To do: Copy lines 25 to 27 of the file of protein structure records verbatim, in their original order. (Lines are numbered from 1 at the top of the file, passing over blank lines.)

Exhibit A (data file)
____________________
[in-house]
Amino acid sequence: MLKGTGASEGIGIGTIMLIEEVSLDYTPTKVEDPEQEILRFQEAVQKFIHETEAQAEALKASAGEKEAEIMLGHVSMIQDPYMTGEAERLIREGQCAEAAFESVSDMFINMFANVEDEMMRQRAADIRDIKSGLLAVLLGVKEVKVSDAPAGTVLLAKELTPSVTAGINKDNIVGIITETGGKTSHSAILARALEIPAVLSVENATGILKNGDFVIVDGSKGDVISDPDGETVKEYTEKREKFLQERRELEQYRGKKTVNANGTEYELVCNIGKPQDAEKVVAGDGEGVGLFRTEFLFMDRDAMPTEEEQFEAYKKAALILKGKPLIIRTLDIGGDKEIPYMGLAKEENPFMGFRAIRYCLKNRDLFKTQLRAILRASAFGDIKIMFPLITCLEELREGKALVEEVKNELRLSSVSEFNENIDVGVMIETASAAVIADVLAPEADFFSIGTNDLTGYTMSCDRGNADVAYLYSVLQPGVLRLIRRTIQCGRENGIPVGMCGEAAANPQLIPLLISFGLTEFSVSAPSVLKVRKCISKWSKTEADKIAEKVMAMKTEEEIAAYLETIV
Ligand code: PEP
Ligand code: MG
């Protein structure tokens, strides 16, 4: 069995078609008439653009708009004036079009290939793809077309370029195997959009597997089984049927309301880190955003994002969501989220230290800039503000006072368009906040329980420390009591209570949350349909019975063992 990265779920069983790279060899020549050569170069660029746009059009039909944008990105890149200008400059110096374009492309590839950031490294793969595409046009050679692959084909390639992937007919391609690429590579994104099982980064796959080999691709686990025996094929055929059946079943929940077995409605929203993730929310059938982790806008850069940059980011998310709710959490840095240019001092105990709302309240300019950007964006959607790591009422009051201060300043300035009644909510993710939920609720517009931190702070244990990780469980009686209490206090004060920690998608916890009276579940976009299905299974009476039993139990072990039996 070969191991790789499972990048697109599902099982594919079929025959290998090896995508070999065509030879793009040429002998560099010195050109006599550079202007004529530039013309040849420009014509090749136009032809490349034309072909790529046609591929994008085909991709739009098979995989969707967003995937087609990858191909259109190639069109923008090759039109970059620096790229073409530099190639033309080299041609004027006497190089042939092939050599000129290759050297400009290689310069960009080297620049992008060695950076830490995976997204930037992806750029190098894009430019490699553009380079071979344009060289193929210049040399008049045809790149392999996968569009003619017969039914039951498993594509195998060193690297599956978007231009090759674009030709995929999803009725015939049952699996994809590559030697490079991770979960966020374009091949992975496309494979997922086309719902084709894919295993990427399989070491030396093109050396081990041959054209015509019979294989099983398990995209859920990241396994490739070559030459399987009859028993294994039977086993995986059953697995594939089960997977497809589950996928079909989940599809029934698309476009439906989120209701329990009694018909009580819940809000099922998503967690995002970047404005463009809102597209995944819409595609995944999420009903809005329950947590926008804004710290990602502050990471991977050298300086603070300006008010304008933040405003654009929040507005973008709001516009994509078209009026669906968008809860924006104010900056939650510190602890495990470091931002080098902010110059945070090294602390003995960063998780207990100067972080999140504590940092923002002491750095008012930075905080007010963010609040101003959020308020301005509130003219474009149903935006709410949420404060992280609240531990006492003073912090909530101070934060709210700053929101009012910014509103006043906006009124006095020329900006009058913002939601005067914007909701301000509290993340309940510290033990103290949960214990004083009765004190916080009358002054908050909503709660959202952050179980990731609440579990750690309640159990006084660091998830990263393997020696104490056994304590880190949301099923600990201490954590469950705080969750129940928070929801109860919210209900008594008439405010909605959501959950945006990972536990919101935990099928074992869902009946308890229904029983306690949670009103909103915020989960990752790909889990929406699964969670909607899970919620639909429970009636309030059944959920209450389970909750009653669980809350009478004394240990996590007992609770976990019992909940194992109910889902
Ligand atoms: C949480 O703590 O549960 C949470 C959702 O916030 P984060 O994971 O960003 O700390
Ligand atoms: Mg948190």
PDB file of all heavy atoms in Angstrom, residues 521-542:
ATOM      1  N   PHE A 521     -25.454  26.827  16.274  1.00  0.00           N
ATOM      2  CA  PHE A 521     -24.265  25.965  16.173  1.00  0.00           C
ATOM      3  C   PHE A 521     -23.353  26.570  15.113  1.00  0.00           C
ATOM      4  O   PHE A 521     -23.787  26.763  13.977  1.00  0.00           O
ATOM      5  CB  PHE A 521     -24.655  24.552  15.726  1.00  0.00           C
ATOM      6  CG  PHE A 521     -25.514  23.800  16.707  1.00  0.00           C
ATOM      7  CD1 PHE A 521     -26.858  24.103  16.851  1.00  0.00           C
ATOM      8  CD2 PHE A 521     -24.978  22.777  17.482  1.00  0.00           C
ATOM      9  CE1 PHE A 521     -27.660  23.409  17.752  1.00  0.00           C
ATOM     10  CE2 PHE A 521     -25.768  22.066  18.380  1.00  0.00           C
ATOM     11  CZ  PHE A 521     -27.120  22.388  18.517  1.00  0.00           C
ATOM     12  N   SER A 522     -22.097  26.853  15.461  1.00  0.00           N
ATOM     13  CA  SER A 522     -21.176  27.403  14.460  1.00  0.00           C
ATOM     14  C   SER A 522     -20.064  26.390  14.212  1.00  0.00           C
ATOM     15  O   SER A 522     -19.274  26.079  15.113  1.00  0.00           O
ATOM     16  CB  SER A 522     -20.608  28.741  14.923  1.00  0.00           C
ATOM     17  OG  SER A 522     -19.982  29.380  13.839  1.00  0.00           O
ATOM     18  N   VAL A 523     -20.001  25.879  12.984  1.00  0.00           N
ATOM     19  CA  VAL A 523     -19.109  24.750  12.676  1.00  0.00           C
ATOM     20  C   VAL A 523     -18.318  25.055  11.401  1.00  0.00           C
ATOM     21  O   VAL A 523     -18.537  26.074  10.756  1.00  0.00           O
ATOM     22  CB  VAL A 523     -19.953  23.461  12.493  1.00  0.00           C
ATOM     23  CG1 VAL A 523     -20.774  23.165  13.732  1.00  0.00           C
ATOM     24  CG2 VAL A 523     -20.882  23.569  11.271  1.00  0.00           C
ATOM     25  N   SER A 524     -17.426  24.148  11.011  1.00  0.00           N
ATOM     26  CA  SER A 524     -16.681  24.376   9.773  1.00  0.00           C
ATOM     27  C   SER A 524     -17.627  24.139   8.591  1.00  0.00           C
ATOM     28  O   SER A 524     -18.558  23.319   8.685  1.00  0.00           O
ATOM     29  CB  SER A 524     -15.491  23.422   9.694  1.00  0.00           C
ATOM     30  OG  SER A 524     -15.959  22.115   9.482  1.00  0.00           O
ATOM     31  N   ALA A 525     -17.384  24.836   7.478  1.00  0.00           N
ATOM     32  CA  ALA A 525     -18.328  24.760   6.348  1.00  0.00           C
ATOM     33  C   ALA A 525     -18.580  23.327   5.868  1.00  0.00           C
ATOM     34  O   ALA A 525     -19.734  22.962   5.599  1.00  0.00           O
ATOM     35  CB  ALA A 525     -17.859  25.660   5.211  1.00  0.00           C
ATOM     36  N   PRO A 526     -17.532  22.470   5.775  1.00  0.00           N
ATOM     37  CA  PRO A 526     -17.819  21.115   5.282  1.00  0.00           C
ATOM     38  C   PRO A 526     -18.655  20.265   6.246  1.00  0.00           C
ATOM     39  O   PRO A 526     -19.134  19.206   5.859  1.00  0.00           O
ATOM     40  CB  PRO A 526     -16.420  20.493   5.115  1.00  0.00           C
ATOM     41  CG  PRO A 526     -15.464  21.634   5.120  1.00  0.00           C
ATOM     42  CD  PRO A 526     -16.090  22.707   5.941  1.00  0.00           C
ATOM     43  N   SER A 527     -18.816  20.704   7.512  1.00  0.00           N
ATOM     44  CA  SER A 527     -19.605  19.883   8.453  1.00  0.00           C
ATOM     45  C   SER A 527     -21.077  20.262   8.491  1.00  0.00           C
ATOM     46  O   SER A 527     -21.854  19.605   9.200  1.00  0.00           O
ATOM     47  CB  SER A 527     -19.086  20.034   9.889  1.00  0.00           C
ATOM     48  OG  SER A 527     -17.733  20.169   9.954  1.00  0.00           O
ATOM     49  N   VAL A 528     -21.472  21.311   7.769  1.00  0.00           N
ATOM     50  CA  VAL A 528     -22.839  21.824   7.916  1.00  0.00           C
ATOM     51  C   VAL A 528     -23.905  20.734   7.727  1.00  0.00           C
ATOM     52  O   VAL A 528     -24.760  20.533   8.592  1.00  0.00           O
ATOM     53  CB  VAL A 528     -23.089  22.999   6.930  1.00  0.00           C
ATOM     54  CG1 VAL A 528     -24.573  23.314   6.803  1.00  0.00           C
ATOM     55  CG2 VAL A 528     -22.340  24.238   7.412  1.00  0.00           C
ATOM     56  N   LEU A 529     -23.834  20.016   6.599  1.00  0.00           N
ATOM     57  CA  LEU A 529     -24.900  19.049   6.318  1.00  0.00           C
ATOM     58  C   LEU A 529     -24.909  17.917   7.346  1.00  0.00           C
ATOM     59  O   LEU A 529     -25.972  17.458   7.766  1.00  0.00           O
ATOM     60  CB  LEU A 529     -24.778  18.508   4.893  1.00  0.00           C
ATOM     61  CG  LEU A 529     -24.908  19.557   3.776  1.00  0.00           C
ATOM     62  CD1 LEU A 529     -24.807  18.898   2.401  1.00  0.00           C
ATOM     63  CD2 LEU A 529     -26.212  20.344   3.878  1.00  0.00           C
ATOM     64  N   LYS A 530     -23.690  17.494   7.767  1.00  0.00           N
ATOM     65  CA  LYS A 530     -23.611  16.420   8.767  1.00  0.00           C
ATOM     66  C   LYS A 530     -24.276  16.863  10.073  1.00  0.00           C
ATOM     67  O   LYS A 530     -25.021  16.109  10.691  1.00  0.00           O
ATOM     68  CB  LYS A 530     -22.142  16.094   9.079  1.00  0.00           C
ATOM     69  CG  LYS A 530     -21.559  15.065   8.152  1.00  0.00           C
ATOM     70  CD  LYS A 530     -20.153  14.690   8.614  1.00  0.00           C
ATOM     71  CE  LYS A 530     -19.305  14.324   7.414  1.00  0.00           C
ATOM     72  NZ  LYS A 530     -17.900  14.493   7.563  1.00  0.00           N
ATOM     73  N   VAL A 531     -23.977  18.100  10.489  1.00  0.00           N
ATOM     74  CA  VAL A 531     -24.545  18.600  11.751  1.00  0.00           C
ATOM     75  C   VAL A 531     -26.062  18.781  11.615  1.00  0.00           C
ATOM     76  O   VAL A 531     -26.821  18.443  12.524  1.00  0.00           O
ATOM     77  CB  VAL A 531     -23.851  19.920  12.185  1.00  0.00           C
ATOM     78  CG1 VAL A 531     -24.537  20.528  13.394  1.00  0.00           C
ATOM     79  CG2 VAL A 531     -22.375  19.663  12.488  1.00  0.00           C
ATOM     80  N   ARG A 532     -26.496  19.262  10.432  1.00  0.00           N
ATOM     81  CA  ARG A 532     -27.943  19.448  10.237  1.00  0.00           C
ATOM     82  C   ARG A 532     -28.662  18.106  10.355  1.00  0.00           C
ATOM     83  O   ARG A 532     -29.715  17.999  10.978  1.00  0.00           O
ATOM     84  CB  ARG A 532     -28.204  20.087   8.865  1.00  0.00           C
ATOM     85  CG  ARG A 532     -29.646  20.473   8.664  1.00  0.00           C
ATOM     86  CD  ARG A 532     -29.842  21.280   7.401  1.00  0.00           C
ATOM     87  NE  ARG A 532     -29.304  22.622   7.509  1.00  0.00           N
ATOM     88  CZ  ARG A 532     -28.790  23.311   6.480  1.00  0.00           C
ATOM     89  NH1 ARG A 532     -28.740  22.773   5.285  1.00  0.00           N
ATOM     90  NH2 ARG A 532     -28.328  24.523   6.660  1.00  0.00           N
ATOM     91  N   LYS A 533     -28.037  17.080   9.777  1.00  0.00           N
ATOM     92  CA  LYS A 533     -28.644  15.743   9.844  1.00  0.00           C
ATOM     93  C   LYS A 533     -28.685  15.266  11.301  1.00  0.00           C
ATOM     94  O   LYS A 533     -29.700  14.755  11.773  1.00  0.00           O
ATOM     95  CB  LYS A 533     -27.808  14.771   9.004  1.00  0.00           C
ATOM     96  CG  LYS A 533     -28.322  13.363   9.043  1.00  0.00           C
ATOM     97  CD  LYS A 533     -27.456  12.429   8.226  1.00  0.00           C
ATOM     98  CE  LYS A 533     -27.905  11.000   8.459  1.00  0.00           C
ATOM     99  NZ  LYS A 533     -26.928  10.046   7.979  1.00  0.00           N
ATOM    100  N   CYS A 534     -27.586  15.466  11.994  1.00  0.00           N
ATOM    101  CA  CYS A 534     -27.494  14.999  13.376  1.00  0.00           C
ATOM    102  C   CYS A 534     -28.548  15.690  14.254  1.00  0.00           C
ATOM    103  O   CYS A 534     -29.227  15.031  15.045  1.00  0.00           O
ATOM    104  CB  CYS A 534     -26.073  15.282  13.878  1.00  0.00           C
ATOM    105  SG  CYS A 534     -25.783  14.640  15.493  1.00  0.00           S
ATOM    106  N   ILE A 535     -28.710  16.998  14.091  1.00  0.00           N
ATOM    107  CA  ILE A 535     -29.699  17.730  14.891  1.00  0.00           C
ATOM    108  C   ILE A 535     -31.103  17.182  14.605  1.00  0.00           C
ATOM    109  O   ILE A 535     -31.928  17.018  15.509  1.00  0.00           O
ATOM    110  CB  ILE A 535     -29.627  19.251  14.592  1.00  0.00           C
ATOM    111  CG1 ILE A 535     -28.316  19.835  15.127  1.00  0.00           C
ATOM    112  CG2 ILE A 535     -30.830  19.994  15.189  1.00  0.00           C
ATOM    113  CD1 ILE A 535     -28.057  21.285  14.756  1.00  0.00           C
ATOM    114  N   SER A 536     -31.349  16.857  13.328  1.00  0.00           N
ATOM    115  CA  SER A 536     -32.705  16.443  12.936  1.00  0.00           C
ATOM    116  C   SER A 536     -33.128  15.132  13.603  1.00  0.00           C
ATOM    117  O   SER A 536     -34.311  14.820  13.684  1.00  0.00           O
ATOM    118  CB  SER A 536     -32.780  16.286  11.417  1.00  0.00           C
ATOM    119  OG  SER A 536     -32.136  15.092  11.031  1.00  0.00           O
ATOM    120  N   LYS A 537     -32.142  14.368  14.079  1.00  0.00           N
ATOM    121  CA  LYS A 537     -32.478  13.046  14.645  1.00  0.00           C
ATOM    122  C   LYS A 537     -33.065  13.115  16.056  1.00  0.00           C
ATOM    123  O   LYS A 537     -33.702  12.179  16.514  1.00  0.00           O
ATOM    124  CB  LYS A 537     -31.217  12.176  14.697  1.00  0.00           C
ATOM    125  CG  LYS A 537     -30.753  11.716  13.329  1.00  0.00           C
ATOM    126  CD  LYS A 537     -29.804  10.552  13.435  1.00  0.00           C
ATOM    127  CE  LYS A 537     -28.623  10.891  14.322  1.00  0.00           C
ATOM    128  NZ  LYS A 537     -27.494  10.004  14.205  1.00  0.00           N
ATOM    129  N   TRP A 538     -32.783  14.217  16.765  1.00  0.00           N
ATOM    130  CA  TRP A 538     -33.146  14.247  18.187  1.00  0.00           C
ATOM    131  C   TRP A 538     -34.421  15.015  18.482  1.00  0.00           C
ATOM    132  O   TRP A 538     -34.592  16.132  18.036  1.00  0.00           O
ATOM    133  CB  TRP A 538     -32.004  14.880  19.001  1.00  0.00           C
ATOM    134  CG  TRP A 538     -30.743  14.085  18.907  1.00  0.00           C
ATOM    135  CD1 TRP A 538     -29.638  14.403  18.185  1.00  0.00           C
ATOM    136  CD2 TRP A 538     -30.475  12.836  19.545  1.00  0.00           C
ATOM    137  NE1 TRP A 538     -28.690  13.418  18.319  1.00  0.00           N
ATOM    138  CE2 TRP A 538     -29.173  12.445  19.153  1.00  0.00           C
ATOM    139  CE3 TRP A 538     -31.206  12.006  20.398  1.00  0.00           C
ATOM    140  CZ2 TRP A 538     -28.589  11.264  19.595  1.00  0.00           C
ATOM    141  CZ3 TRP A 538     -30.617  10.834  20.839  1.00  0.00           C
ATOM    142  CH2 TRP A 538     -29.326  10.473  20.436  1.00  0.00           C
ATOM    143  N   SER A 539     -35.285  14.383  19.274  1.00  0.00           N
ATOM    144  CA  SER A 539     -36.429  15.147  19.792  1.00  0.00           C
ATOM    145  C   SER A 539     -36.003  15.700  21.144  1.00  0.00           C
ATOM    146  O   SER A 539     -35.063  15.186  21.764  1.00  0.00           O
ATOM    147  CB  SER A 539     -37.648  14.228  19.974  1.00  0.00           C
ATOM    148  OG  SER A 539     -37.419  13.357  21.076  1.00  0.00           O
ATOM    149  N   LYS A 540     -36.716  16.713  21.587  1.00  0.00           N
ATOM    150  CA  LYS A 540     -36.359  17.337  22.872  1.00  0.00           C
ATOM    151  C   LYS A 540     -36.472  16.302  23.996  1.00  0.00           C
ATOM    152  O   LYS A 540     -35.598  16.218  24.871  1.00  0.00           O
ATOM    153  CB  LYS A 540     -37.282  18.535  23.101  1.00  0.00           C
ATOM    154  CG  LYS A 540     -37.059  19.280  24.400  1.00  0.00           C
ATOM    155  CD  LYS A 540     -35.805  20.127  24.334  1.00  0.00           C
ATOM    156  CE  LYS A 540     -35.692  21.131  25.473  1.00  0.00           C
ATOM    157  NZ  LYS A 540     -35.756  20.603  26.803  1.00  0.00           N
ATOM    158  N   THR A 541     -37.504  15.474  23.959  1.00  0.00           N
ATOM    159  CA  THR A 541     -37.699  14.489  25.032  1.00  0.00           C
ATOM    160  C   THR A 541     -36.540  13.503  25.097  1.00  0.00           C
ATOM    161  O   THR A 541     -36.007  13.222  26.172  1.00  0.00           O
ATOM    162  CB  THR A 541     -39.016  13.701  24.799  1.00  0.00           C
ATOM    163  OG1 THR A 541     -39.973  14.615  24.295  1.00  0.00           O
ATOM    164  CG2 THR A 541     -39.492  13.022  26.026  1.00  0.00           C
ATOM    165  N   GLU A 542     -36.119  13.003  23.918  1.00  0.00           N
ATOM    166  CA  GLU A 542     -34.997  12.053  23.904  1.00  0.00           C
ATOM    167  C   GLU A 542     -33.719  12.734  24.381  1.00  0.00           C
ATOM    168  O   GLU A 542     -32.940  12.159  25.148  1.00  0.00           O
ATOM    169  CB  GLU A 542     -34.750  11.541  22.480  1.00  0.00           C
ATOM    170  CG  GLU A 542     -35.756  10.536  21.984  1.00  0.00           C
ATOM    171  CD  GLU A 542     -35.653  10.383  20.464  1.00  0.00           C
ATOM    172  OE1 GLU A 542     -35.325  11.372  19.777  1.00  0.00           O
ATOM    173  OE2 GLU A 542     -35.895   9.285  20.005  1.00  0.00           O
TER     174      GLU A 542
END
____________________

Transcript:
ATOM     17  OG  SER A 522     -19.982  29.380  13.839  1.00  0.00           O
ATOM     18  N   VAL A 523     -20.001  25.879  12.984  1.00  0.00           N
ATOM     19  CA  VAL A 523     -19.109  24.750  12.676  1.00  0.00           C